Example:  A school district has all of their teachers covered under the State medical plan, but all other staff covered under a separate plan.  The State has told the school district that ‘we will perform the reporting for you’. This is normally very misleading to the school district because the State health plan normally only intends to report to the IRS who was covered under the medical plan, and NOT the offer of coverage.

For those of you familiar with ACA reporting, the State health plan in this instance normally will report medical plan enrollment but NOT report the other necessary Offer of Coverage that shows up in lines 14, 15 and 16 of form 1095-C.  The end result is that the school district has not reported fully to the IRS and are now subject to penalties.


So what can you do ….

#1.  If you have a Designated Governmental Entity that is performing some of your reporting, you need to ask them if they are reporting for the Enrollment on the plan, OR ALSO the offer of coverage.  Understand it is unlikely they will report the Offer of Coverage.

#2.  If the DGE is only reporting enrollment, they will complete that on form 1095-B.

#3.  The underlying school district in our example still must complete forms 1095-C on these teacher employees, sections 1 and 2.


Need assistance?  Reach out to our customer service department by clicking contact us at the top of the page.

ACA Reporting Software Provider [15 Question Quiz]

Let’s face it, the marketplace is confused when it comes to ACA Reporting.  Since this is the first year of mandatory reporting, how can you know if your vendor ‘knows their stuff’ when it comes to ACA Reporting?  To help employers, we have created a quiz to assist you in researching ACA Reporting Software providers.  These questions are specifically designed to help an employer determine if their vendor has the necessary knowledge to support them through the ACA reporting process.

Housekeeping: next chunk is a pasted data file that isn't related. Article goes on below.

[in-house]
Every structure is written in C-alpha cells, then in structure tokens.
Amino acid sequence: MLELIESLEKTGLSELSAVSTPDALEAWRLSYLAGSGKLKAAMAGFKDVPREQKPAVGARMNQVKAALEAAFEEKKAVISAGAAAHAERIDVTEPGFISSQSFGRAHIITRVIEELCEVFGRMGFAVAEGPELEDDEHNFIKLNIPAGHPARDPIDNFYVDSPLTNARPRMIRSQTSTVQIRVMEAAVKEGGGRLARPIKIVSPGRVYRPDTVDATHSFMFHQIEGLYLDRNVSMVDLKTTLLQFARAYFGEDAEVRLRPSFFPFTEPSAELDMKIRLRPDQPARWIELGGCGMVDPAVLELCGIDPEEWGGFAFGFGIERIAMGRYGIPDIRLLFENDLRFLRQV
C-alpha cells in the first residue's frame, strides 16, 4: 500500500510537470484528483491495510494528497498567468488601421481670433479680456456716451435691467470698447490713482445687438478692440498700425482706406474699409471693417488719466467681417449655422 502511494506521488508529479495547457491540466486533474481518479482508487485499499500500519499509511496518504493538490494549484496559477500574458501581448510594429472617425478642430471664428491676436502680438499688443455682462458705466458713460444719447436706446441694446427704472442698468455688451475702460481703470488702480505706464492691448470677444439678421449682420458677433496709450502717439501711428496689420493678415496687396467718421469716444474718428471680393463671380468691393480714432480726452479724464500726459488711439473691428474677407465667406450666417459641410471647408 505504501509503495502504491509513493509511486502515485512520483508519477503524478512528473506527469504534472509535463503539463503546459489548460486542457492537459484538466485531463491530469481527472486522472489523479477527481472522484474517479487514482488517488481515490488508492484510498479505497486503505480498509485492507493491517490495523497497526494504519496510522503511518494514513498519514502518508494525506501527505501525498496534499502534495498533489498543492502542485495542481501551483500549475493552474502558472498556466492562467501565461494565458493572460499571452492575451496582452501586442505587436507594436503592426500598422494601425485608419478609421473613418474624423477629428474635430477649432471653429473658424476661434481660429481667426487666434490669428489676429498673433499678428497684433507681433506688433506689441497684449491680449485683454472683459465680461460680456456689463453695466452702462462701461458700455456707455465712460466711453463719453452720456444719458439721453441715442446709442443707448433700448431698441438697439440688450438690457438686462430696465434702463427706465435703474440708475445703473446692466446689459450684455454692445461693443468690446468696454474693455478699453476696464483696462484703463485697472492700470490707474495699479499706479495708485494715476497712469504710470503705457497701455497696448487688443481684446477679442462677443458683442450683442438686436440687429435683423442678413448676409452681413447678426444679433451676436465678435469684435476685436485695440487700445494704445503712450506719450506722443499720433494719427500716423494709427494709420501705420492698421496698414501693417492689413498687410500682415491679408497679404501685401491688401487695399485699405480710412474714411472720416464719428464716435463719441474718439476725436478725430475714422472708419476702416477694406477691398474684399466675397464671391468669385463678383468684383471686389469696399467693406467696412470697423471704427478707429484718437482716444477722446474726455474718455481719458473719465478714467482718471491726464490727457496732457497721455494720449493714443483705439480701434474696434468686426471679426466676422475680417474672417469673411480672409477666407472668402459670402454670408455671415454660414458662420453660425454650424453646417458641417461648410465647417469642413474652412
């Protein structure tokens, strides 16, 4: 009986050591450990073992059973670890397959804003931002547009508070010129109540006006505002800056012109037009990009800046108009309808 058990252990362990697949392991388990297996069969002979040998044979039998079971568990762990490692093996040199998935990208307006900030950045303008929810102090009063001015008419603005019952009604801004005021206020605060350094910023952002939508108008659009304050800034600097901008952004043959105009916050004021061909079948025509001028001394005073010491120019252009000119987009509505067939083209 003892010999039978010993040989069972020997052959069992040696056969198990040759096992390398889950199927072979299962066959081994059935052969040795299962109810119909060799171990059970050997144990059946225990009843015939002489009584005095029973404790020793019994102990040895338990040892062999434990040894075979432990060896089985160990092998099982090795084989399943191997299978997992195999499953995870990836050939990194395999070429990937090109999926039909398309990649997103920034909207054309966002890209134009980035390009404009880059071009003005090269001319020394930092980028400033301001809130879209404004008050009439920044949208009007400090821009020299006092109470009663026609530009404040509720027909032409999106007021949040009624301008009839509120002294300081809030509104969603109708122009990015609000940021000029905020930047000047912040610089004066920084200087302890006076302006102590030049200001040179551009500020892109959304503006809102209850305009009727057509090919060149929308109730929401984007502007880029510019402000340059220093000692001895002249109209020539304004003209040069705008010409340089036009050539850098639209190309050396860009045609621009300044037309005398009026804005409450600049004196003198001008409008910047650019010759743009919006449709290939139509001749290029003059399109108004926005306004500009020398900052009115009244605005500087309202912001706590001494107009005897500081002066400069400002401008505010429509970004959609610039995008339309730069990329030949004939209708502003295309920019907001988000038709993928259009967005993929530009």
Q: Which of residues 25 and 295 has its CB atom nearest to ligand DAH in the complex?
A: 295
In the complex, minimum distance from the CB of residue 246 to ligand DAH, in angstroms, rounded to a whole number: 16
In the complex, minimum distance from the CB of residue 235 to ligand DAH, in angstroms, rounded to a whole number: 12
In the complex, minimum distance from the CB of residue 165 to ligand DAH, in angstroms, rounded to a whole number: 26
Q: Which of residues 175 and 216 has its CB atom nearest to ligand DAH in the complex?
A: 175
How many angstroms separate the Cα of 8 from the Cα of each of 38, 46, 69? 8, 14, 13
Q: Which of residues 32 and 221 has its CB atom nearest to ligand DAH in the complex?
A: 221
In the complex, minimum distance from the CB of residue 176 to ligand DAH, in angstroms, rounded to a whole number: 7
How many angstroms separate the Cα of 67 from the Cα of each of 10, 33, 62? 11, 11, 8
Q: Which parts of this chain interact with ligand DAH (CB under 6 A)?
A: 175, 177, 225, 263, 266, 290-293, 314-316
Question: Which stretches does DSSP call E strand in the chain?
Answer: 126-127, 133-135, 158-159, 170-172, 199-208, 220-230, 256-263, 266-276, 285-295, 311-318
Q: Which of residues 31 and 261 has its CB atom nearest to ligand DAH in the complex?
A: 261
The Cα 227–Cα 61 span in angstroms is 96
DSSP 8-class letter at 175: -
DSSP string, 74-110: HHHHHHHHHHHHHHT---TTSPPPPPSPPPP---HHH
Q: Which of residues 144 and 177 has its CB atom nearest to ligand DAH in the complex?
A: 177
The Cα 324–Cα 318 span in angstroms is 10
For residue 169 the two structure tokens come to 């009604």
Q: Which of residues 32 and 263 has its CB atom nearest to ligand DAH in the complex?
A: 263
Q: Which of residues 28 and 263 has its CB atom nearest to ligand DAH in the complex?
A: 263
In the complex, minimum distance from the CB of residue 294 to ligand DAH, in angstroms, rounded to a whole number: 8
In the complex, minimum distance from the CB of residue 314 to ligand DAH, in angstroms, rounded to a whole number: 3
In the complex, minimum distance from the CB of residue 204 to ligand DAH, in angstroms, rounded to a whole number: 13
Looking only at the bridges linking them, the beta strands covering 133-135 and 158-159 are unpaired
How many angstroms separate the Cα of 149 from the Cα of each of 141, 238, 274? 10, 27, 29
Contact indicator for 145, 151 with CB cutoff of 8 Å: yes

1. Do fully insured employers need to report?  If so, what type of reporting do they need to do [what forms, etc]?
  2. Who ultimately gets a reporting form from us as an employer?  How does that change based upon if we are fully insured or self insured?
  3. If we have multiple plan designs, how does the reporting work?
  4. Does ACA reporting involve protected health information (PHI)?  If so, does your company enter into a Business Associate Agreement with its clients?
  5. When was your last HITECH audit?
  6. Is your ACA reporting solution even built yet?
  7. Does your ACA reporting software generate the codes for form 1095C?  Does the software create the correct codes, or do we input these manually for each person?
  8. How long will the data be stored?
  9. Could you explain the ACA reporting safe harbors?
  10. If a group offers a Health Reimbursement Account (which is considered a self-funded plan), in coordination with a traditional fully insured plan, how will this work in terms of ACA reporting?
  11. Can an employer qualify for multiple forms of transitional relief?
  12. Is it necessary for an employer to track enrollment declination?
  13. Does each employer need to request a transmitter control code (TCC) from the IRS?  If so, how?
  14. If we have an opt out bonus, how is that calculated and accommodated for in the ACA reporting?
  15. How does non-calendar year transitional relief work?

We hope you find this quiz beneficial.  For answers to these questions and more, simply contact us from the support tab.

 

Evaluating ACA 6056 Employer Reporting Software?

Evaluating ACA 6056 Employer Reporting Software?

Employers & Benefit Brokers Evaluating ACA 6056 Reporting Software